In their second year of diving, junior year, their technique became more intricate, involving flips and twists and convoluted and ultimately foiled landings. Daylight Savings Time was about to end, and the specter of a 5:20 sunset haunted Peter. He whined about it at school so much Jeremy had to tell him to shut up before someone got curious.

The boys also became self-aware of their diving. They became finicky and pedantic about the details of the dive. They were harsh in their critiques of each other’s performance. They developed rules: you must always cotton dive shirtless. You must wait at least 48 hours after a rain. Sunset is the optimal time to dive, but full-on darkness is too dangerous. You should never cotton dive alone. Each person should act as the other’s lifeguard. You must check in with your diving partner after every dive to ensure he has not smothered.

Then, one day, while standing one the edge of a bin, psyching up for a backflip, Peter took off his shorts.

After landing, he began victoriously swishing his arms and legs in that way people do when they’re making angels in the snow.

“What in the hell are you doing?” asked Jeremy, who had turned around to Peter’s bin.

“I don’t know,” said Peter.

“You don’t have any clothes on.”

“Yeah, but—”

“Put your fucking shorts on.”

“Yeah, but Jeremy, it feels—”

“I don’t fucking care. Put your shorts on.”


“Because it’s against the rules, that’s why.”

Peter glared at him for a moment. Then Peter leaned up and reached for his shorts and grunted out a Fine.

“Oh, shit—Goddamn it. Put your pants on.”

“That’s what I’m doing. Jesus,” said Peter. 

“No!” screamed Jeremy, his voice cracking. He was diving for his shirt and shoes.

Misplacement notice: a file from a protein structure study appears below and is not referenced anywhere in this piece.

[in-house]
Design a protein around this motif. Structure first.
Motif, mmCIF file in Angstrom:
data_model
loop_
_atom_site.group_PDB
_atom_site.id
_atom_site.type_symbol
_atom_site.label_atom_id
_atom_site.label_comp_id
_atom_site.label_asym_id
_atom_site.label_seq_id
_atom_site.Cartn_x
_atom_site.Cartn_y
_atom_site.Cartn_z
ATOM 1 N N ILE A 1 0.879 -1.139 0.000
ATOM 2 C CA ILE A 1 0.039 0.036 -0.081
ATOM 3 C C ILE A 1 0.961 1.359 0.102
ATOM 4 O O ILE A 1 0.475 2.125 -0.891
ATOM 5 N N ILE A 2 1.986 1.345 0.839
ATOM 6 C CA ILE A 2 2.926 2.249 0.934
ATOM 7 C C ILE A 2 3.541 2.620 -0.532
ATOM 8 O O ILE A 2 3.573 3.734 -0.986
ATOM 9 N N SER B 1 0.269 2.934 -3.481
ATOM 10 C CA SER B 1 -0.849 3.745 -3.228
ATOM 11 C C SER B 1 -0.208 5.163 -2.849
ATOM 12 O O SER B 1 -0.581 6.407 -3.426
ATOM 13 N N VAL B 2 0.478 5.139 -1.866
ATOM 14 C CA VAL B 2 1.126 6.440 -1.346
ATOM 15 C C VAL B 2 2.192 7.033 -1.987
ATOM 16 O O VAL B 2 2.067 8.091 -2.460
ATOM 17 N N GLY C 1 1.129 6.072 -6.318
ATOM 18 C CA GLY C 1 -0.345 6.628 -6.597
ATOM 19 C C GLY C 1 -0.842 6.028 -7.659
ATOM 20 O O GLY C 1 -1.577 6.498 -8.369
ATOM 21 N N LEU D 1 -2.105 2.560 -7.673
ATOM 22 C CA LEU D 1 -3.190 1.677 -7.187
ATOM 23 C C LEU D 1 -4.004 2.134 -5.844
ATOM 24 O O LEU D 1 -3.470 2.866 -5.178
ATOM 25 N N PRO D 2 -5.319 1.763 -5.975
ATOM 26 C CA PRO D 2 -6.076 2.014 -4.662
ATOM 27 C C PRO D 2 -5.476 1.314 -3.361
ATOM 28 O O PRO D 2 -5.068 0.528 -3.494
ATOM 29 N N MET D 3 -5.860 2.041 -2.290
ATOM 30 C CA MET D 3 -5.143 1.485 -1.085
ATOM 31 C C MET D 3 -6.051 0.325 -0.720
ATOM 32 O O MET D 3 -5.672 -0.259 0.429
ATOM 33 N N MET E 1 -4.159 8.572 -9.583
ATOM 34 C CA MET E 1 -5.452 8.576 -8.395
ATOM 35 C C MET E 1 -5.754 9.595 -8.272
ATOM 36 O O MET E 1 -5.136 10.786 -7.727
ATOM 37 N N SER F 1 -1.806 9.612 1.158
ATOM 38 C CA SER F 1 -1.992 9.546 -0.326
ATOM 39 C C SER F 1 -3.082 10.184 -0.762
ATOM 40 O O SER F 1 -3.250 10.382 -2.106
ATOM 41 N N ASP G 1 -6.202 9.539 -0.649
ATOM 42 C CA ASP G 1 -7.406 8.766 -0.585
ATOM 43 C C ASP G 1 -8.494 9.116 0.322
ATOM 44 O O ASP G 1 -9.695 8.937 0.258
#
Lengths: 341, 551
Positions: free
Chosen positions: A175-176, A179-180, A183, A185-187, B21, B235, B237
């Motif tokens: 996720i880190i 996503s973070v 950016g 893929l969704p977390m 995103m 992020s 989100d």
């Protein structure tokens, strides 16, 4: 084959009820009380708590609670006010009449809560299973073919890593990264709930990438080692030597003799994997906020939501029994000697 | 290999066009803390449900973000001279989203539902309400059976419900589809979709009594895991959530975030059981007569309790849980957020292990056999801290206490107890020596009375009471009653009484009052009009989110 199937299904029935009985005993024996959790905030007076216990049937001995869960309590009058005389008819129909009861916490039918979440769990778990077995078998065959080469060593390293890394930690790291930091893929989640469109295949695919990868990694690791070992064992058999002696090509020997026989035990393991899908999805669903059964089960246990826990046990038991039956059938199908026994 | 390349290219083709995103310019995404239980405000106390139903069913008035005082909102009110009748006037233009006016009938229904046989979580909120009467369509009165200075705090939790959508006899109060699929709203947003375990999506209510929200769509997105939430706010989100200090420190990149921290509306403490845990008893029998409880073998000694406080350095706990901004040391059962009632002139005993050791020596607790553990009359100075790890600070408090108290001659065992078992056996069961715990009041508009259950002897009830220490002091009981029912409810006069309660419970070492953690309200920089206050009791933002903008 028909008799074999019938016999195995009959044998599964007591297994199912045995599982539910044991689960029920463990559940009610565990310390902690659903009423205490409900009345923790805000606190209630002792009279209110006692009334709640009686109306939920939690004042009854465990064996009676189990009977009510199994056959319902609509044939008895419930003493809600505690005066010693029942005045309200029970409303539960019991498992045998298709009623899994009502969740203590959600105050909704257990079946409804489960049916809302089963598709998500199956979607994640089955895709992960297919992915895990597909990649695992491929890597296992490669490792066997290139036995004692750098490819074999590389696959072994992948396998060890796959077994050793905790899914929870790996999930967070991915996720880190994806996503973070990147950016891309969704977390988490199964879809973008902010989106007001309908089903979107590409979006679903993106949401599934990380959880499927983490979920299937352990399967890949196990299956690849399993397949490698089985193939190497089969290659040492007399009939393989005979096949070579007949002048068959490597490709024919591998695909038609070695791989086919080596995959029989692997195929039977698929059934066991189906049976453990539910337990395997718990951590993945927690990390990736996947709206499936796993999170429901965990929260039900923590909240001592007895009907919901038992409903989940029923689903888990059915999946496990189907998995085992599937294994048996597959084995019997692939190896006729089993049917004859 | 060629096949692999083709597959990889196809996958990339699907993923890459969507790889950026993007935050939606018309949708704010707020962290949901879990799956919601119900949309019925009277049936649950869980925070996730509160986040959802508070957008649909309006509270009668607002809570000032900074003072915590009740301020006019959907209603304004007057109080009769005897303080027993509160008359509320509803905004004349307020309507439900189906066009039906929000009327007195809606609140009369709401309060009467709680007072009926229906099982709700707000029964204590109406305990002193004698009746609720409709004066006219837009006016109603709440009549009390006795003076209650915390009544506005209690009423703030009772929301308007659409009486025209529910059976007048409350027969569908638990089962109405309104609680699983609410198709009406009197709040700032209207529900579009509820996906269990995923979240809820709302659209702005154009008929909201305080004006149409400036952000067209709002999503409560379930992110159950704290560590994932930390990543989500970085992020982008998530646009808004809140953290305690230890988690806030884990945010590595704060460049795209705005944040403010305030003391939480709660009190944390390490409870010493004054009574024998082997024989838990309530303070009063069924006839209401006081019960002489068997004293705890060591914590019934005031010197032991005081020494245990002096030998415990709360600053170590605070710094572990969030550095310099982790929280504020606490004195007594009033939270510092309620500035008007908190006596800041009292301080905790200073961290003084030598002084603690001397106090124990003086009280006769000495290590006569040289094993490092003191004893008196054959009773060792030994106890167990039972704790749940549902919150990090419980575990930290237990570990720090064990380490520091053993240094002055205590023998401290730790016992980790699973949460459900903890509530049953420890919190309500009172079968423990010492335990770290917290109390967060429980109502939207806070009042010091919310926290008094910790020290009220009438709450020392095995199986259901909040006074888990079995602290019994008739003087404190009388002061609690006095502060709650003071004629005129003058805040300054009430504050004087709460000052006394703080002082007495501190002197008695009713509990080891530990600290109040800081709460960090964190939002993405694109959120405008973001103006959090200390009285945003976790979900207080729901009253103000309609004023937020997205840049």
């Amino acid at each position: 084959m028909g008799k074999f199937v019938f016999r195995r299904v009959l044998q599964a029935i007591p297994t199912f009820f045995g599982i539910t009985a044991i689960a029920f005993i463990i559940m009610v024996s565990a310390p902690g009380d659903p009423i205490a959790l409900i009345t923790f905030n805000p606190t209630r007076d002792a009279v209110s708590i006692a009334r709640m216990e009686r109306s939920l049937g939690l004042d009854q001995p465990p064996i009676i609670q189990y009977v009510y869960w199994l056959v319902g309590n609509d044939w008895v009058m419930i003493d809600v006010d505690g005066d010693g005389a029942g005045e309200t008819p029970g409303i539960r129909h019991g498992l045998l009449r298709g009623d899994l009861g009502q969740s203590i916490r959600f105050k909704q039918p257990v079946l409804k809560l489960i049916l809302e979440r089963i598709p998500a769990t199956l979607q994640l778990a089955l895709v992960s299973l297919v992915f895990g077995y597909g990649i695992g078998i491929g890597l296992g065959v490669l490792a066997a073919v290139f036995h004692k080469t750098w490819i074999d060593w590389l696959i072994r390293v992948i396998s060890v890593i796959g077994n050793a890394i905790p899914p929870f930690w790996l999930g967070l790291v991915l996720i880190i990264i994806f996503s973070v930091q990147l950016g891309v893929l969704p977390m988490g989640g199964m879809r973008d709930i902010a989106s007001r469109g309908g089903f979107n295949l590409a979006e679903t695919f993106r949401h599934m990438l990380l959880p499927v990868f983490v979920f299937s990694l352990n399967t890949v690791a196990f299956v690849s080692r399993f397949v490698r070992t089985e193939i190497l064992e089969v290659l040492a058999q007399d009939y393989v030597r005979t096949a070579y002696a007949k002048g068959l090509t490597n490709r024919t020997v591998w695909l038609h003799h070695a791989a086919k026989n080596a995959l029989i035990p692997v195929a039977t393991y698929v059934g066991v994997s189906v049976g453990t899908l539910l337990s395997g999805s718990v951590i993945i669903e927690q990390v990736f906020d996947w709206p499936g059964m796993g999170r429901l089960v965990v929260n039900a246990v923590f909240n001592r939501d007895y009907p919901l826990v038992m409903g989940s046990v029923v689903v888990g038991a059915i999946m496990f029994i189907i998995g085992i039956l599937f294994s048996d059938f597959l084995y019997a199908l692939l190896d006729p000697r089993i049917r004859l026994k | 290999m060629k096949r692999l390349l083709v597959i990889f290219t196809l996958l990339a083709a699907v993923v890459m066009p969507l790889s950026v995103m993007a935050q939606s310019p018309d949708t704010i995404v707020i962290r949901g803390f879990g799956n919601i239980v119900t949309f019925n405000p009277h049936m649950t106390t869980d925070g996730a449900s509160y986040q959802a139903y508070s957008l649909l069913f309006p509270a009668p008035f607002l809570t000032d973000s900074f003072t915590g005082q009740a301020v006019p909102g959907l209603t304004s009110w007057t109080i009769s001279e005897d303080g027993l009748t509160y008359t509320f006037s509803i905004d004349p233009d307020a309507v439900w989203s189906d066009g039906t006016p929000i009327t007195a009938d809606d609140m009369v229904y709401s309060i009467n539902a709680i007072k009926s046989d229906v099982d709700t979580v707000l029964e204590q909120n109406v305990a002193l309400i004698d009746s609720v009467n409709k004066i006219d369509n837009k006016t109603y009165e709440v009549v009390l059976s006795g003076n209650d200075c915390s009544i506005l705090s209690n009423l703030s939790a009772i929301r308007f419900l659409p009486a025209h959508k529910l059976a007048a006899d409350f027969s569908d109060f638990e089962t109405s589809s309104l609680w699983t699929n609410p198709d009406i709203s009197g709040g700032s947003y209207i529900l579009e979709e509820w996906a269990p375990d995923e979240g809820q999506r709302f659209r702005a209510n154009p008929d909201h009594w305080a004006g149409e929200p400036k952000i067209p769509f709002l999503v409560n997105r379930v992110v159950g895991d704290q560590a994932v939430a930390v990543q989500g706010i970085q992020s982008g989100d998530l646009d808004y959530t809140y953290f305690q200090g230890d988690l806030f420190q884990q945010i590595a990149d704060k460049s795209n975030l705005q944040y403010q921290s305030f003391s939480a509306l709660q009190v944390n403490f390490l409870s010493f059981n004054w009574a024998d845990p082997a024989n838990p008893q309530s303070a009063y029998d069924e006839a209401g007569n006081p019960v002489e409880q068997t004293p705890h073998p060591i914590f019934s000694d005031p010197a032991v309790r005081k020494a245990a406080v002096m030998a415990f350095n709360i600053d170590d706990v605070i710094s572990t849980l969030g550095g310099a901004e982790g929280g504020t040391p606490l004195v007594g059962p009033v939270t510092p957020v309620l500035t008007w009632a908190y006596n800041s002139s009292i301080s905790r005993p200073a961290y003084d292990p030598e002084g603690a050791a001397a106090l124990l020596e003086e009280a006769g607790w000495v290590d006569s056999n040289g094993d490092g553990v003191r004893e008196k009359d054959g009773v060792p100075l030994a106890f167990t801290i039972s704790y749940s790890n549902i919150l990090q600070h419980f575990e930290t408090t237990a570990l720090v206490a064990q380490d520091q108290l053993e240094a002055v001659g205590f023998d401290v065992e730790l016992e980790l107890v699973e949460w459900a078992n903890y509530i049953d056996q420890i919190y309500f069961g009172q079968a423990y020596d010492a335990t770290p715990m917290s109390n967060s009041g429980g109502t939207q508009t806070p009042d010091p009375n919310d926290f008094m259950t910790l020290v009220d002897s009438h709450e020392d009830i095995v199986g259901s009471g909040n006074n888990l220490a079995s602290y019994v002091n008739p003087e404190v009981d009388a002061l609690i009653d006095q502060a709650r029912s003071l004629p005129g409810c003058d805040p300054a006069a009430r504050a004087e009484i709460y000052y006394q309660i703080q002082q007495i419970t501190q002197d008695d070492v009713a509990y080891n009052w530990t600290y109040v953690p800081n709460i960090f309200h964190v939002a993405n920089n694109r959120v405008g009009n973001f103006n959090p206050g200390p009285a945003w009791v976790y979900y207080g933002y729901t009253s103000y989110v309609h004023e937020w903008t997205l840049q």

On the horizon, a tornado of dust funneled behind a pick-up truck. It was speeding along the road next to the strip of thorny trees that led to the bins. “Maybe he isn’t coming—” began Peter. The furious cloud of dust only grew. The truck was coming right for them. The boys busted it. Peter had never dressed so fast. The boxers and shorts went on as one. Belts and buttons and zippers were left undone. Feet were stuffed into untied shoes. Shirts were on inside-out. Socks were crammed into pockets. And everything was accompanied by Jeremy’s wail: “Get in the car hurry up I can’t believe we’re gonna get busted for this shit I hope he didn’t see your naked ass we are so dead oh my God would you just hurry the fuck up.” The Tank tore away. The pick-up was about fifty yards behind them. You could have seen the dust for miles. They drove so fast that the speedometer—a bright orange toothpick—peaked out at 80 and stuck there vibrating. The car shook, and the wind gushed through the open windows and pummeled them. Three minutes later when they swerved through the gate at the school and parked behind the observatory, Jeremy pronounced the coast clear.